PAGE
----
2009 Wuliang Wild Puerh Sheng

Tea type
Pu-erh Tea
Ingredients
Not available
Flavors
Apricot, Flowers, Honey
Sold in
Not available
Caffeine
Not available
Certification
Not available
Edit tea info Last updated by Sammerz314
Average preparation
205 °F / 96 °C 0 min, 15 sec 6 g 4 oz / 105 ml

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4 Tasting Notes View all

  • “Impeccable. That is the single word I would use to describe this tea. Easily among the best young puerhs I’ve had, if not the best. The prominent feature of this material is a wonderful lone note...” Read full tasting note
    88
  • “The raw material in this cake is from ancient, wild trees (800-1000 years old) on Wuliang mountain and the possibilities drew me to the tea. I was not disappointed. The leaves brew a lovely clear...” Read full tasting note
  • “Dry – Sweet floral with bittersweet/tart notes that resemble fruits. Wet – Honey, very apparent apricot, floral notes, ‘wild’ oomph, plum, orchid, vanilla?, cream?, spices. Liquor – Golden to a Red...” Read full tasting note
    90

From The Essence of Tea

This is an aged maocha, from ancient, wild trees in Wuliang Shan (not planted by humans). The trees average around 800-1000 years old. The leaves naturally taste very thick and smooth, with honey notes and with a deceptively strong qi. I think this tea will challenge some people’s perceptions of what a good tea should be. It’s not punchy like some young sheng puerhs, but there’s definitely plenty of strength and beauty. We pressed this tea in April 2013.

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4 Tasting Notes

88
43 tasting notes

Impeccable. That is the single word I would use to describe this tea. Easily among the best young puerhs I’ve had, if not the best. The prominent feature of this material is a wonderful lone note of honey, a note which the wet leaves grace the drinker with. I enjoyed this aroma for a good two minutes or so. The leaves brew a graceful, surprisingly clear, dark amber – a colour suggesting more age to it than there actually is – colour. Beautiful. The soup is smooth with just enough body to coat the mouth with a fine Hui Gan sensation – all this while the notes of honey tickle your taste buds.
I will definitely be steeping this tea for the rest of the day.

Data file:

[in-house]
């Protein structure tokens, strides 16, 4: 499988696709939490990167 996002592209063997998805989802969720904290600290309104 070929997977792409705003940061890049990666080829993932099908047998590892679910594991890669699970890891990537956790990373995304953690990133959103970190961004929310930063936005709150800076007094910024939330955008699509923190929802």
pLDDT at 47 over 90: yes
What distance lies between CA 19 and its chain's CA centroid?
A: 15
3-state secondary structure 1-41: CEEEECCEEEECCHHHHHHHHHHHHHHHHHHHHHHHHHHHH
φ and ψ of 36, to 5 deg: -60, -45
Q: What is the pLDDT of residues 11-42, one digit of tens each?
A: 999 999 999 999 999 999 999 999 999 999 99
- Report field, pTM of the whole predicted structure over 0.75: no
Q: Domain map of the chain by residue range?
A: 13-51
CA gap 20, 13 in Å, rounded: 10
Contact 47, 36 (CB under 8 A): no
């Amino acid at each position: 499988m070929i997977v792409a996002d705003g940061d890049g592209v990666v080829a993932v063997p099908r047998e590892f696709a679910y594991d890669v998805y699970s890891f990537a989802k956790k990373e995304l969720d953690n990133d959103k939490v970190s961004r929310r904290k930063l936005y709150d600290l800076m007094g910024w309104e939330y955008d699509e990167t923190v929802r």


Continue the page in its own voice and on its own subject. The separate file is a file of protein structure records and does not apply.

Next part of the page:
Side Notes : I believe the darker soup is due to the fact that this tea was stored as loose maocha for four years, hence, able to age much quicker. Also, despite how much I am enjoying this tea, I feel I would be remiss to not mention, what I feel to be this teas single downfall, the price! This bing sells at a whopping 85 british pounds! If it weren’t for this, I’d definitely own a tong.

Parameters : 6 grams to 120 mL of water. 5-15 second steeps.

Flavors: Honey

Preparation
205 °F / 96 °C 0 min, 15 sec 5 g 3 OZ / 100 ML
oOLuckyStarOo

Tastefully written! :)

JC

I love Wuliang Wild Arbor. Great note!

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301 tasting notes

The raw material in this cake is from ancient, wild trees (800-1000 years old) on Wuliang mountain and the possibilities drew me to the tea. I was not disappointed. The leaves brew a lovely clear liquor and the wet leaves smell powerfully sweet, fruity and complex. The first brew is reasonably thick with a very interesting fruity sweetness – no bitterness or astringency detected. Some Wuliangs I have had before revealed smoke in the flavor profile but fortunately I did not find that in this tea. The strong sweetness is the main feature here – sweetness mixed with spice and citrus suggesting the healthy characteristics of the trees and environment from which it comes. Rather full in the mouth with nice, gentle, but long activity on the tongue promoting a lubricated mouth feel with a persistent warmth. An interesting “wild” tea – sweet, soft, lovely in its gentle aroma. The stamina of the tea is quite good but later steepings became a little thin in taste for me so I did not push the tea past 9 steeps. The tea’s primary taste is rounded and smooth – some people might say that it is too smooth but I found a strength of character which provides the tea drinker with interesting and complex textures. I am definitely a fan!